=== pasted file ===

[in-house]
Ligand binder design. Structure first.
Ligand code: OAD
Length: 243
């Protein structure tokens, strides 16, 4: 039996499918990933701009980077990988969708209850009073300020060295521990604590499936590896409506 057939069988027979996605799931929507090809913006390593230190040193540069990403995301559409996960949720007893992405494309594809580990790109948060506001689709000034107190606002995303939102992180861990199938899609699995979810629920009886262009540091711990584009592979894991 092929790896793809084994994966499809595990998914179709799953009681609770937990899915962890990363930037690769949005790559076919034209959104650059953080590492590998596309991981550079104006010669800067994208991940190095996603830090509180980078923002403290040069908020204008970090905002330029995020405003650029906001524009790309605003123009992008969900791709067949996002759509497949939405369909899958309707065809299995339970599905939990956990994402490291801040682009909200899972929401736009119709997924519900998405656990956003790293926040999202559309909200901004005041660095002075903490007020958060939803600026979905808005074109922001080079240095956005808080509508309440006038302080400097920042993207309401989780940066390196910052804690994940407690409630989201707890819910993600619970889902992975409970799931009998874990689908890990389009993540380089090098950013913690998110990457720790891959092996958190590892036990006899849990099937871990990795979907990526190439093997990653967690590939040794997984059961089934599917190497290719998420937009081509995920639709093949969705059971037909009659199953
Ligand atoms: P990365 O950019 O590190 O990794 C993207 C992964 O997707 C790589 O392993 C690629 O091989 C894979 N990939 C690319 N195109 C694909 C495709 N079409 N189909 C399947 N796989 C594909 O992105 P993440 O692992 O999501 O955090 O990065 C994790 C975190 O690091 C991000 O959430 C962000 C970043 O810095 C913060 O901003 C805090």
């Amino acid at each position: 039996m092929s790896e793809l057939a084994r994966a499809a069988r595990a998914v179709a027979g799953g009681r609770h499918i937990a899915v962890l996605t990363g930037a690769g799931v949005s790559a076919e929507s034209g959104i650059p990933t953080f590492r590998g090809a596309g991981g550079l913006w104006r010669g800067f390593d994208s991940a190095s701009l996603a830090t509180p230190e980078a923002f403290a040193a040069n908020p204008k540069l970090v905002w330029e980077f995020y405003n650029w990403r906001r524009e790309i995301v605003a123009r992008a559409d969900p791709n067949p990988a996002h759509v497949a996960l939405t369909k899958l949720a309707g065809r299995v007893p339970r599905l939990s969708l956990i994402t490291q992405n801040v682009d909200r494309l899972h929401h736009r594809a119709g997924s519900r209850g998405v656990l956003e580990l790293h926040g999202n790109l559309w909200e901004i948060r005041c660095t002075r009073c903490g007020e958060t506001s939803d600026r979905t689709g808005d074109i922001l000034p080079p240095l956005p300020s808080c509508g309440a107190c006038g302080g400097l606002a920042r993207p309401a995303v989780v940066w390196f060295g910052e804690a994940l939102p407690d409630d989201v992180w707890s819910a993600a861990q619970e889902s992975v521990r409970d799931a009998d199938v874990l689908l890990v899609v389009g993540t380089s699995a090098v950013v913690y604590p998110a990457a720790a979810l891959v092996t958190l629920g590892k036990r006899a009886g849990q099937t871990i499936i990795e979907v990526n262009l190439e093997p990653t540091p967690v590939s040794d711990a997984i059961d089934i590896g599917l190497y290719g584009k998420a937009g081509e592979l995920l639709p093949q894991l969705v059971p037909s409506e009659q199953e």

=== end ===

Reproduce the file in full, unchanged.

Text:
[in-house]
Ligand binder design. Structure first.
Ligand code: OAD
Length: 243
């Protein structure tokens, strides 16, 4: 039996499918990933701009980077990988969708209850009073300020060295521990604590499936590896409506 057939069988027979996605799931929507090809913006390593230190040193540069990403995301559409996960949720007893992405494309594809580990790109948060506001689709000034107190606002995303939102992180861990199938899609699995979810629920009886262009540091711990584009592979894991 092929790896793809084994994966499809595990998914179709799953009681609770937990899915962890990363930037690769949005790559076919034209959104650059953080590492590998596309991981550079104006010669800067994208991940190095996603830090509180980078923002403290040069908020204008970090905002330029995020405003650029906001524009790309605003123009992008969900791709067949996002759509497949939405369909899958309707065809299995339970599905939990956990994402490291801040682009909200899972929401736009119709997924519900998405656990956003790293926040999202559309909200901004005041660095002075903490007020958060939803600026979905808005074109922001080079240095956005808080509508309440006038302080400097920042993207309401989780940066390196910052804690994940407690409630989201707890819910993600619970889902992975409970799931009998874990689908890990389009993540380089090098950013913690998110990457720790891959092996958190590892036990006899849990099937871990990795979907990526190439093997990653967690590939040794997984059961089934599917190497290719998420937009081509995920639709093949969705059971037909009659199953
Ligand atoms: P990365 O950019 O590190 O990794 C993207 C992964 O997707 C790589 O392993 C690629 O091989 C894979 N990939 C690319 N195109 C694909 C495709 N079409 N189909 C399947 N796989 C594909 O992105 P993440 O692992 O999501 O955090 O990065 C994790 C975190 O690091 C991000 O959430 C962000 C970043 O810095 C913060 O901003 C805090």
């Amino acid at each position: 039996m092929s790896e793809l057939a084994r994966a499809a069988r595990a998914v179709a027979g799953g009681r609770h499918i937990a899915v962890l996605t990363g930037a690769g799931v949005s790559a076919e929507s034209g959104i650059p990933t953080f590492r590998g090809a596309g991981g550079l913006w104006r010669g800067f390593d994208s991940a190095s701009l996603a830090t509180p230190e980078a923002f403290a040193a040069n908020p204008k540069l970090v905002w330029e980077f995020y405003n650029w990403r906001r524009e790309i995301v605003a123009r992008a559409d969900p791709n067949p990988a996002h759509v497949a996960l939405t369909k899958l949720a309707g065809r299995v007893p339970r599905l939990s969708l956990i994402t490291q992405n801040v682009d909200r494309l899972h929401h736009r594809a119709g997924s519900r209850g998405v656990l956003e580990l790293h926040g999202n790109l559309w909200e901004i948060r005041c660095t002075r009073c903490g007020e958060t506001s939803d600026r979905t689709g808005d074109i922001l000034p080079p240095l956005p300020s808080c509508g309440a107190c006038g302080g400097l606002a920042r993207p309401a995303v989780v940066w390196f060295g910052e804690a994940l939102p407690d409630d989201v992180w707890s819910a993600a861990q619970e889902s992975v521990r409970d799931a009998d199938v874990l689908l890990v899609v389009g993540t380089s699995a090098v950013v913690y604590p998110a990457a720790a979810l891959v092996t958190l629920g590892k036990r006899a009886g849990q099937t871990i499936i990795e979907v990526n262009l190439e093997p990653t540091p967690v590939s040794d711990a997984i059961d089934i590896g599917l190497y290719g584009k998420a937009g081509e592979l995920l639709p093949q894991l969705v059971p037909s409506e009659q199953e």